Phillip Genetos, a partner at Ice Miller Donadio & Ryan, bond counsel on the issue, also said more bonds could be issued to provide capitalized interest on the original bonds if Phase One of the facility was not completed in time.

Mr. Merten added that he did not think the fact that only Moody's will be rating the issue will have an effect on the pricing. "The bond bank has had other issues where there was only one rating," he said.

Two other Indiana governments are expected to issue bonds in the next month as part of the $291 million incentive package to assist in financing the maintenance facility.

The Indiana Transportation Finance Authority plans to issue about $156 million of lease-backed revenue bonds some time next month, according to Mark Moore, deputy state budget director. The bonds would be secured by biennial appropriations by the Indiana General Assembly.

The last part of the incentive package is an $8 million bond issue scheduled to be priced Jan. 13 by Hendricks County, according to Hursel Disney, county board president. Those bonds would be backed by the county's economic development income tax.

The airport authority will not issue any of its approximately $700 million of bonds until late 1992, according to Elaine Roberts, airport authority deputy executive director.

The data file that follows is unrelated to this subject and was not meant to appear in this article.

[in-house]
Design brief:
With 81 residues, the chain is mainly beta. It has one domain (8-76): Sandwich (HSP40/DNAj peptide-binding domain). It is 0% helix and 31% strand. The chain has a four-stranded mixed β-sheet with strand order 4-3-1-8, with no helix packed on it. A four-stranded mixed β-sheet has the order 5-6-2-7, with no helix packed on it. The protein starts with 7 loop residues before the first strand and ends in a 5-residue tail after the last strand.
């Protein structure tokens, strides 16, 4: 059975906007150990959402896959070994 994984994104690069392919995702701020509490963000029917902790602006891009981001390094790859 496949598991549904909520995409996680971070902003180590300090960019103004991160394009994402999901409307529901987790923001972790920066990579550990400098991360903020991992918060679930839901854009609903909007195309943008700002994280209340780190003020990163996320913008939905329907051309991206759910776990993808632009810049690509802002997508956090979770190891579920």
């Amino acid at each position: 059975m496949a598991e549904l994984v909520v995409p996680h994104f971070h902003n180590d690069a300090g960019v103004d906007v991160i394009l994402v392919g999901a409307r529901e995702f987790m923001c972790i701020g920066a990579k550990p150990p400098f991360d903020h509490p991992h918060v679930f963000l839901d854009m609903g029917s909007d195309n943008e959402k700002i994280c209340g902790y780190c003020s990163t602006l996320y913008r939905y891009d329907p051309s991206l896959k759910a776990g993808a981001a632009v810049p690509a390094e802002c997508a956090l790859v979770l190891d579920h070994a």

The senior manager deal is Lazard Freres & Co. Co-managers are: Merrill Lynch & Co.; Bear, Stearns & Co.; Bank One, Indianapolis, N.A.; City Securities Corp.; INB National Bank; Merchants National Bank & Trust Co.; Raffensberger, Hughes & Co.; and Traub and Co.

The United maintenance facility has been described by Indiana officials as the largest economic development project in the United States. When completed, it will employ as many as 7,000 people earning annual average salaries of $45,000, according to the airline.

United tentatively selected Indianapolis as the location for the new facility on Oct. 23. A project agreement finalizing the deal was signed Nov. 21 by officials from the three governments and United.